Then comes a proposal to review a book called Sidetracked, about how we make decisions, by a Harvard Business School professor, and wouldn't you know it, I am sidetracked. Meaning I accepted a kindle copy for this review. How could this happen?

Some simple answers: the book fits with other books that I have read recently, like Sharot's Optimism Bias, or Kahneman's Thinking Fast and Slow. But that's only one half of an honest answer. Would I have responded to the reviewing offer at all if it had come from Friedhelm in Hannover, rather than from Francesca in Harvard?

Of course I know why this happens. I am a glutton and have no willpower and can't resist temptation easily. So, do I need to read a book about getting sidetracked? If I know everything already, anyway? Good question. Or, saying it differently, do I learn something new about me or the world from this book?

We ignore advice. Often we do not seek advice. We overestimate our own capabilities. We accept advice more readily when it costs us. (Why are consultants more successful when they charge more rather than less?)
We allow our emotions to cloud our decisions. We transfer emotions between unrelated issues, eg we let a bad traffic experience interfere with a staff evaluation. We focus on our own need and knowledge instead of stepping back to see the bigger picture. We find it hard looking at things from other people's perspectives.
We allow our behavior to be influenced by our social bonds, submit to peer pressure, often without questioning. We let our ethics be influenced by envy and ambitions, often even in trivial circumstances (like with Amazon reviewer rankings). We base judgments on irrelevant information.
Worst of all, we can easily be manipulated to forget our own moral compass and follow instructions even from spurious authorities. We have a knack for self-deception. The more creative we are, the better we come up with excuses and rationalizations.

Francesca Gino has devised a great number of ingenious tests to research these issues. Much of the book describes the experiments, her own or her colleagues'. That aspect of the book interests me less, personally, but I can't call it a weakness. It may be a strength for other readers.

I find I am not often surprised by the results. I am not a psychologist, nor a management academic. My interest is on the practical side. Have I learned something new then in the book? Maybe not in an earthshaking sense, but it is always good to revisit these issues in a systematic way. (I have certainly been reminded to look for advice in an upcoming personal decision in real life...)
And also: there is value in realizing the amazing wealth and width of our ability to deceive ourselves.

I have been left wondering about one of the basic premises though. We seem to assume that avoidance of sidetracking is our goal. But what if our initial objective was wrong? If the sidetrack takes us to where we ought to have gone right away?
There is only one way out: make good decisions. (The book actually ends with that sentence.)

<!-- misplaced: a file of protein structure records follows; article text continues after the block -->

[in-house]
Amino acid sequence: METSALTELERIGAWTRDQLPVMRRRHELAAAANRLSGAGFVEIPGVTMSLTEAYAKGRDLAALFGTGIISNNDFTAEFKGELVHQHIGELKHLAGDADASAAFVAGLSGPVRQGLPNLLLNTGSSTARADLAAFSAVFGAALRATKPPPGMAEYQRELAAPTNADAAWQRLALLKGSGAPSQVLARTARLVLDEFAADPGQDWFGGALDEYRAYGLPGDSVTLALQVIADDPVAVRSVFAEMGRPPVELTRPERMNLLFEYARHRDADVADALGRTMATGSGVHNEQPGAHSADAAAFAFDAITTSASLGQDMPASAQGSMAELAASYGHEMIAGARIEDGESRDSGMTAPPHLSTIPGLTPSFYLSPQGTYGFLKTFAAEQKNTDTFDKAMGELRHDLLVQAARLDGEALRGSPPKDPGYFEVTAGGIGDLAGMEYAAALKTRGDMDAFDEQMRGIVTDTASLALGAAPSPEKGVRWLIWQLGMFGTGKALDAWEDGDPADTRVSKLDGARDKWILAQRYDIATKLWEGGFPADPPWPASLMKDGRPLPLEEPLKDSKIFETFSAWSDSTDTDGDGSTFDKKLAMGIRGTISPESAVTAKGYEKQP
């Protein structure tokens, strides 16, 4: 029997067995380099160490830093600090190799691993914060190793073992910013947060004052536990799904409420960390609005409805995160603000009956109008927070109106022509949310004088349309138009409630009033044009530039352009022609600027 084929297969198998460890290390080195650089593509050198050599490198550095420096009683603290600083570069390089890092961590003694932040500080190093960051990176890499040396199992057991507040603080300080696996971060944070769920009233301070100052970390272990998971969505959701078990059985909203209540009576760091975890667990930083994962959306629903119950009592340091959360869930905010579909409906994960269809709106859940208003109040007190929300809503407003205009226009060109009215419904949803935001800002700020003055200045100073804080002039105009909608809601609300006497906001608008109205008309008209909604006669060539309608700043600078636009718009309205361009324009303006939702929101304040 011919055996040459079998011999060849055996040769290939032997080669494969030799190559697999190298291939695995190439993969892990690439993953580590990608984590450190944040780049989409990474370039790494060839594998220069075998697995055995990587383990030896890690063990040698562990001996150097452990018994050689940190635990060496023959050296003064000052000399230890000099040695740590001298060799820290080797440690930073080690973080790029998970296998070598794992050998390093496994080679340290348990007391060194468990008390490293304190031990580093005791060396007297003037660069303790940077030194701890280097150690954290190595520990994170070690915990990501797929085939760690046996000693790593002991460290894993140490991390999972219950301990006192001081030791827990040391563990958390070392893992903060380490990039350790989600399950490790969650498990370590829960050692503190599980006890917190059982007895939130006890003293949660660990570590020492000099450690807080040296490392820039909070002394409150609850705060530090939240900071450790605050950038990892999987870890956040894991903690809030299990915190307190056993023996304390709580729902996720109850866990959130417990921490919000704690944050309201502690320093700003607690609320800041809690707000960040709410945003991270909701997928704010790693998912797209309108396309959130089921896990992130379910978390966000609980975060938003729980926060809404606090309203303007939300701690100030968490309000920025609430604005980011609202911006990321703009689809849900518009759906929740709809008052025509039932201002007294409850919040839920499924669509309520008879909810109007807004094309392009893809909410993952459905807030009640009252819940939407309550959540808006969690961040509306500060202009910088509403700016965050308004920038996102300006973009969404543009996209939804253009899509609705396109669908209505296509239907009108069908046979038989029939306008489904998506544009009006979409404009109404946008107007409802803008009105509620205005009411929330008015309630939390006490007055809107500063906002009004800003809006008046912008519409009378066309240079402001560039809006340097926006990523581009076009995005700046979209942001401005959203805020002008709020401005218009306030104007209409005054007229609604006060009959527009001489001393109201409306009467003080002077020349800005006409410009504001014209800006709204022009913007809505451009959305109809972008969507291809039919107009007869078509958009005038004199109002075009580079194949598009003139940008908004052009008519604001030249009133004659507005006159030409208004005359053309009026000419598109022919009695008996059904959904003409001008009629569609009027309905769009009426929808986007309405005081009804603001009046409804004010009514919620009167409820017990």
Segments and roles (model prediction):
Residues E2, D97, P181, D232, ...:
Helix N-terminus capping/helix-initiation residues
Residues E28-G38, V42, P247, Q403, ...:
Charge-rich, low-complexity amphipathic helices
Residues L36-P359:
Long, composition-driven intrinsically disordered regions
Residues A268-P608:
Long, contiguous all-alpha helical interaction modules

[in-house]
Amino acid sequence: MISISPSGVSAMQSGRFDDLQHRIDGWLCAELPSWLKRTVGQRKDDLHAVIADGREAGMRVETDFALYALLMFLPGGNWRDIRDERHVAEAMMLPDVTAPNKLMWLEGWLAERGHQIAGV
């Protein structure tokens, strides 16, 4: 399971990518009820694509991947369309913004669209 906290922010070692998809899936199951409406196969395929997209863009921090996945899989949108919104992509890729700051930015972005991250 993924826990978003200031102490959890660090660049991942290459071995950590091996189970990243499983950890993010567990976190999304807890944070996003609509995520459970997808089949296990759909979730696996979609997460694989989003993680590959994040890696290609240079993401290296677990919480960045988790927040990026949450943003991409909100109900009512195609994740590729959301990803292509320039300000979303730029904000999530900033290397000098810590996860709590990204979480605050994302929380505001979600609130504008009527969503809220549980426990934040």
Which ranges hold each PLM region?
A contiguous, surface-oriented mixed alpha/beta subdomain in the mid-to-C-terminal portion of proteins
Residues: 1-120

4 internautes sur 4 ont trouvé ce commentaire utile 
5.0 étoiles sur 5 Actually achieve a goal 26 mars 2013
Par Steven Chambers - Publié sur Amazon.com
Format:Relié
Sidetracked: Why Our Decisions Get Derailed, and How We Can Stick to the Plan is a welcome addition to the science and psychology of success because it highlights the things that keep us from getting what we want. Let's face it, we often find ourselves being sidetracked on the road to success. I thoroughly enjoyed reading this book and found the information in it fascinating and informative - I found myself highlighting and underlining every chapter. This book is packed with advice we can use to avoid getting "sidetracked" along the path to achieving our goals and objectives.

The basic points -
* There is a mismatch between what we want and what we end up doing.
* We are influenced by forces we don't understand. In fact, we don't even know they exist.
* Knowing the forces that influence our decisions and choices allows us to account for them as we strive to achieve our goals.

The factors that influence our decisions originate for three sources - ourselves, externally and our relationships, both romantic and social.

Each chapter outlines a premise and presents the research to back it up. There's not a lot of subjectivity here, each influence factor covered in the book is subject to scientific research to determine how it works objectively in the real world. For those of us who are interested in solid information about what works and what doesn't this is refreshing read.

It was a significant accomplishment to present so much scientific data in a refreshing and entertaining manner. The book is not dry or boring, it's entertaining and fun. If you are looking for insight into the things that might derail you on the path to your goals or if you're frustrated by how hard it is to change then you'll probably enjoy this book as well. Knowledge is power and this book provides the framework we can use to identify and overcome the psychological obstacles that stand in our way.

Professor Gino's excellent book provides a clear understanding of the forces that stand between the results we want to achieve and the their actual achievement.